The first architect who made the plans for the royal cloister, Juan Bautista de Toledo, died soon after the foundation stone was laid in 1563. His successor, who really built it, was Juan de Herrera. It must have been more than chance that both he and the gardener Marcos de Cordona, whom Philip then called to begin on the garden as soon as the foundation walls were up, were men who had stood faithfully by his father’s side to the last. Juan de Herrera, after his apprenticeship to architecture, had become an officer and gone to Yuste in the emperor’s bodyguard, but after his master’s death he went for his education to Toledo. When his teacher there unexpectedly died he succeeded to the place and was worthy of it. The grouping of the parts of the Escorial building had to satisfy the very far-reaching demands of the King of Spain. The whole forms an immense square, and through the chief entrance in the middle of the west front we come to the court which faces the entrance to the church, having on the left the college and on the right the cloister. The chief chapel with the high altar stands above the east front, and grouped round it are the private dwellings of the king’s family. The king’s own rooms, in contrast to the other buildings, are very simply arranged, for his wish was to stay here as monk and not as king. In any case the whitewashed walls which strike visitors to-day can tell us nothing, for Charles himself had tapestries from Flanders to hang on his walls, and among the private properties that he ordered Philip by his will to have sold, these possessions were valued at seven million gold thalers. The wall-coverings of his rooms in the Escorial were included.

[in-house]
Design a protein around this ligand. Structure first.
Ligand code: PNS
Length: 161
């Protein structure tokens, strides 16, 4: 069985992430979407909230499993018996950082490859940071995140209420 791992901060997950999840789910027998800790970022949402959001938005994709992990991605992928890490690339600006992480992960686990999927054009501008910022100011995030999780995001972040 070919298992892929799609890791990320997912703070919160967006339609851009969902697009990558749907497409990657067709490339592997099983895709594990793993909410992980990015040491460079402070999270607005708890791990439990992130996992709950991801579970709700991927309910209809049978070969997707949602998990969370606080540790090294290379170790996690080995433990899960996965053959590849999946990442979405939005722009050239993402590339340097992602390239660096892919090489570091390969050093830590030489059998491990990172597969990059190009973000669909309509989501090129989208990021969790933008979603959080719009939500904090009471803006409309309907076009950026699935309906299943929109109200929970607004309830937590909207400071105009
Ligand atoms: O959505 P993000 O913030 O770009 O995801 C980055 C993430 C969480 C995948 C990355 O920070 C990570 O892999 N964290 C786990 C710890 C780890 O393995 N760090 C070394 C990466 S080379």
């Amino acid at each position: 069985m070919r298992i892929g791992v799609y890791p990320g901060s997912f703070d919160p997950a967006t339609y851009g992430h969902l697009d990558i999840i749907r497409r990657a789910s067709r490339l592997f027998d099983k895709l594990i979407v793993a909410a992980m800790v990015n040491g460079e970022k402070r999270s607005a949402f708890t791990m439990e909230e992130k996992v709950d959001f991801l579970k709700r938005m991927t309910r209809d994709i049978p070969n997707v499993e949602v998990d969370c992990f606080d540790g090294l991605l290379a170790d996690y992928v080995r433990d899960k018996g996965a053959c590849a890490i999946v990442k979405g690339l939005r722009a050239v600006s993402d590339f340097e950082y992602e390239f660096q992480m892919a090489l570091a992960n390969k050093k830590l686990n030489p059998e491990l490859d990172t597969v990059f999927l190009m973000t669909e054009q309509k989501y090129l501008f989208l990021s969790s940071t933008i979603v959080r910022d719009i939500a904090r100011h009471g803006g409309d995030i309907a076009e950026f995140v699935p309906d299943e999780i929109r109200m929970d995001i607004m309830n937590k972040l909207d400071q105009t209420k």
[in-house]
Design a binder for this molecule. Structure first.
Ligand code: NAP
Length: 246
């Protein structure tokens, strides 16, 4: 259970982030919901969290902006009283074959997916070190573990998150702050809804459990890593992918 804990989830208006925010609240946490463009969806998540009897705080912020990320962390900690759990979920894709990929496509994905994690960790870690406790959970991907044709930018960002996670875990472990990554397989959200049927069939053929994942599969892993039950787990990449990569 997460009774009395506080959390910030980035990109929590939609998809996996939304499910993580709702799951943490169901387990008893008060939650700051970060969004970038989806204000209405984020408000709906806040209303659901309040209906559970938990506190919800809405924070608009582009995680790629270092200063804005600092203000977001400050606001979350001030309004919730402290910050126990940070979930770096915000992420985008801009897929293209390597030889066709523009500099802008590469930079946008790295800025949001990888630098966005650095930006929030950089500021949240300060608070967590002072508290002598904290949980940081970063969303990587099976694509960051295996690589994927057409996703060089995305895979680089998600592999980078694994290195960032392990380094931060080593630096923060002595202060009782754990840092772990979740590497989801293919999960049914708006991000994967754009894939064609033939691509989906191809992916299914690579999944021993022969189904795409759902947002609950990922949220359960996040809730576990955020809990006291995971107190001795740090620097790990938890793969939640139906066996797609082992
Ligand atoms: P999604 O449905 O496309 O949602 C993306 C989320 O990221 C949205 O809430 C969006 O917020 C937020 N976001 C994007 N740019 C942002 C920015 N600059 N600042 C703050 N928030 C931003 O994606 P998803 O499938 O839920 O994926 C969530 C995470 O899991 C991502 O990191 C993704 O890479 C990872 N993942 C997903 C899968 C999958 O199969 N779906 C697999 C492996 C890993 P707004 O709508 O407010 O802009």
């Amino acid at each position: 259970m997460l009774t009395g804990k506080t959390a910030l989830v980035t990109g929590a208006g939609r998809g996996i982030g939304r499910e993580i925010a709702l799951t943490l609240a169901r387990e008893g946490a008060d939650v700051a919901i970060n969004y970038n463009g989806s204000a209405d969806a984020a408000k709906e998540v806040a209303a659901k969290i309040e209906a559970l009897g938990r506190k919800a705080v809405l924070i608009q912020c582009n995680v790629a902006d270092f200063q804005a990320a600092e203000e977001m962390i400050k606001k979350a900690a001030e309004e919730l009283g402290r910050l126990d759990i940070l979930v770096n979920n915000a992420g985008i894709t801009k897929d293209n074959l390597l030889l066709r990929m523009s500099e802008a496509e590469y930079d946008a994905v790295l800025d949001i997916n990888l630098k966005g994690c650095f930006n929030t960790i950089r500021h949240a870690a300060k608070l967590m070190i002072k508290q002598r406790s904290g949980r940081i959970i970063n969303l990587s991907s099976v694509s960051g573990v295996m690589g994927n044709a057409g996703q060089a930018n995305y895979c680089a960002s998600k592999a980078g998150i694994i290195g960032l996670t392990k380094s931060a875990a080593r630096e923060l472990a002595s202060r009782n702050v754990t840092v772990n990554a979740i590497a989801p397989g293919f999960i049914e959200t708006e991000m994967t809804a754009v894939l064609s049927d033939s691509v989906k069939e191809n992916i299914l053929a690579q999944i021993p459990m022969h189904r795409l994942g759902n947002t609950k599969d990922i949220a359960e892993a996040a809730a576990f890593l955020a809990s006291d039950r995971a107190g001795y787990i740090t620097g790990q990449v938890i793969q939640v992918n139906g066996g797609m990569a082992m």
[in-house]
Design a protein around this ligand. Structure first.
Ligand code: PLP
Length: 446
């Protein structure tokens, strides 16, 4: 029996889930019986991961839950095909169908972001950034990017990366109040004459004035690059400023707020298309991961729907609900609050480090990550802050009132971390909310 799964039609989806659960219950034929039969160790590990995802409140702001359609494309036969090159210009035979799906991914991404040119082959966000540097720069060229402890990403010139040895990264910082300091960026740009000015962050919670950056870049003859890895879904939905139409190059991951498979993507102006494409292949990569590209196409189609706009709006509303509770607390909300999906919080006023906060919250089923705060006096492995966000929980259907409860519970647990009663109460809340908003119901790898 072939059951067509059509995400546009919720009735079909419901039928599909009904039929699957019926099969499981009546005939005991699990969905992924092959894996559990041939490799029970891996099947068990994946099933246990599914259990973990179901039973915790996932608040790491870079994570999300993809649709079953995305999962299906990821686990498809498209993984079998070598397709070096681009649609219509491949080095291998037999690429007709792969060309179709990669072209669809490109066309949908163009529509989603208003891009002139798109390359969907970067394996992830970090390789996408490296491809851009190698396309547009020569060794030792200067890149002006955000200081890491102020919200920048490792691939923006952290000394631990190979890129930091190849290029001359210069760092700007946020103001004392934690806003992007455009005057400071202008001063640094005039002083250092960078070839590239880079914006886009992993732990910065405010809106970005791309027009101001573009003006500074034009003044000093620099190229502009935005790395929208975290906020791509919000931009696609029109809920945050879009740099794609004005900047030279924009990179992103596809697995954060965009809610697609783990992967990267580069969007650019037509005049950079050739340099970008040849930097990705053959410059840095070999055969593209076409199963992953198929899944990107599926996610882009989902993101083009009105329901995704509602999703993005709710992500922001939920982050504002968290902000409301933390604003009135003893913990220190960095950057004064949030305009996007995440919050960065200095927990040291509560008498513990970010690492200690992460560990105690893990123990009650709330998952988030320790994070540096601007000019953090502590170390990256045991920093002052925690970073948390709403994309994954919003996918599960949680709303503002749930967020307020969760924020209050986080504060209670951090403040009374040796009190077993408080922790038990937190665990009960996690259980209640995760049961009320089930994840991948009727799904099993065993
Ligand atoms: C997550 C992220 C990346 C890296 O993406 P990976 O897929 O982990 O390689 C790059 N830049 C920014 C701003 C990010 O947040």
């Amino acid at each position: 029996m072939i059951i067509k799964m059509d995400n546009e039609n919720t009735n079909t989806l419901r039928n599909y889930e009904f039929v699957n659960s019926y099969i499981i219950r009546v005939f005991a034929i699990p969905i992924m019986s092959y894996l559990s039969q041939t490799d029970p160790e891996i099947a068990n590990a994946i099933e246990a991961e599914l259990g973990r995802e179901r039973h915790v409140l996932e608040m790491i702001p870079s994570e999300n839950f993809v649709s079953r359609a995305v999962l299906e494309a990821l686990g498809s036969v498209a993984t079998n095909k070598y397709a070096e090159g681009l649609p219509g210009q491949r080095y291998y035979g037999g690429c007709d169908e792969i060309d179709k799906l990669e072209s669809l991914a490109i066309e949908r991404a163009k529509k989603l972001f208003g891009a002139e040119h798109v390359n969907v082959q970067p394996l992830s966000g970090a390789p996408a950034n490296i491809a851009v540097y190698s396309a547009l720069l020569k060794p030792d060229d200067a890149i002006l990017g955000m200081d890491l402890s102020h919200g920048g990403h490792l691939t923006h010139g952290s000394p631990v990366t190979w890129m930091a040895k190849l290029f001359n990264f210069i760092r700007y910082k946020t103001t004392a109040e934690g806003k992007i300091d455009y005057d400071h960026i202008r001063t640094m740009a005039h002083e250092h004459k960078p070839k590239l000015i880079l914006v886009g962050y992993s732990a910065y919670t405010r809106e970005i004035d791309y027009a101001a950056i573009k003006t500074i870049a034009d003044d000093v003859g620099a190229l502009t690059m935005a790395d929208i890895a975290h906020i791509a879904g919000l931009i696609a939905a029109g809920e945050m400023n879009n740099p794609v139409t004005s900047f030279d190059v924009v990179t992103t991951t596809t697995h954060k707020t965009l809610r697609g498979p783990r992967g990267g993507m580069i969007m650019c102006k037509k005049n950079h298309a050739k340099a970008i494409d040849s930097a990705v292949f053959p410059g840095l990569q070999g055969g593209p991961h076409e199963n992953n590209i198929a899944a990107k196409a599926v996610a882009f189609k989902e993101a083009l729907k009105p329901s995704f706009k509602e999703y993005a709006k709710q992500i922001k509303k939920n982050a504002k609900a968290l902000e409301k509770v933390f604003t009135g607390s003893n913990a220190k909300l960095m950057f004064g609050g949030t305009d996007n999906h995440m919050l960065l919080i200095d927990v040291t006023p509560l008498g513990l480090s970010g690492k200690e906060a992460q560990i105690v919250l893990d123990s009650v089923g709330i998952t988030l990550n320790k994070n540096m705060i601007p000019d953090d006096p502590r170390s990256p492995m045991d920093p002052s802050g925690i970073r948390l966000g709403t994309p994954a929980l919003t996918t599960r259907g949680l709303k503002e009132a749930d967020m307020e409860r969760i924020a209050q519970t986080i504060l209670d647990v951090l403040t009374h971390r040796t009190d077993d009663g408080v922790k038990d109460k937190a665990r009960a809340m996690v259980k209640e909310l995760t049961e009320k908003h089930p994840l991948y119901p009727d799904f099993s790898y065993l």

With the thought of his father always in his mind, King Philip of Spain had his bedroom so close to the church that he could take part in the Mass from his own bed, and there he died with a crucifix in his hands. Like his father, he took care to have his private dwelling isolated from both cloister and town; and because it projected over the east front he had a garden round it on three sides. A large wide garden terrace lies in the front of the whole east façade, and extends, equally wide, along the south of the house. It was a large parterre laid out in box and flower-beds, compared by visitors of old to hanging gardens : the best feature was the lovely view of the mountains. The walls beside this terrace seem to have had at their base originally only kitchen gardens ; at any rate we hear of nothing else in older accounts. The lower park, with the Casa de Abajo, a pretty pleasure-house, is not earlier than the eighteenth century.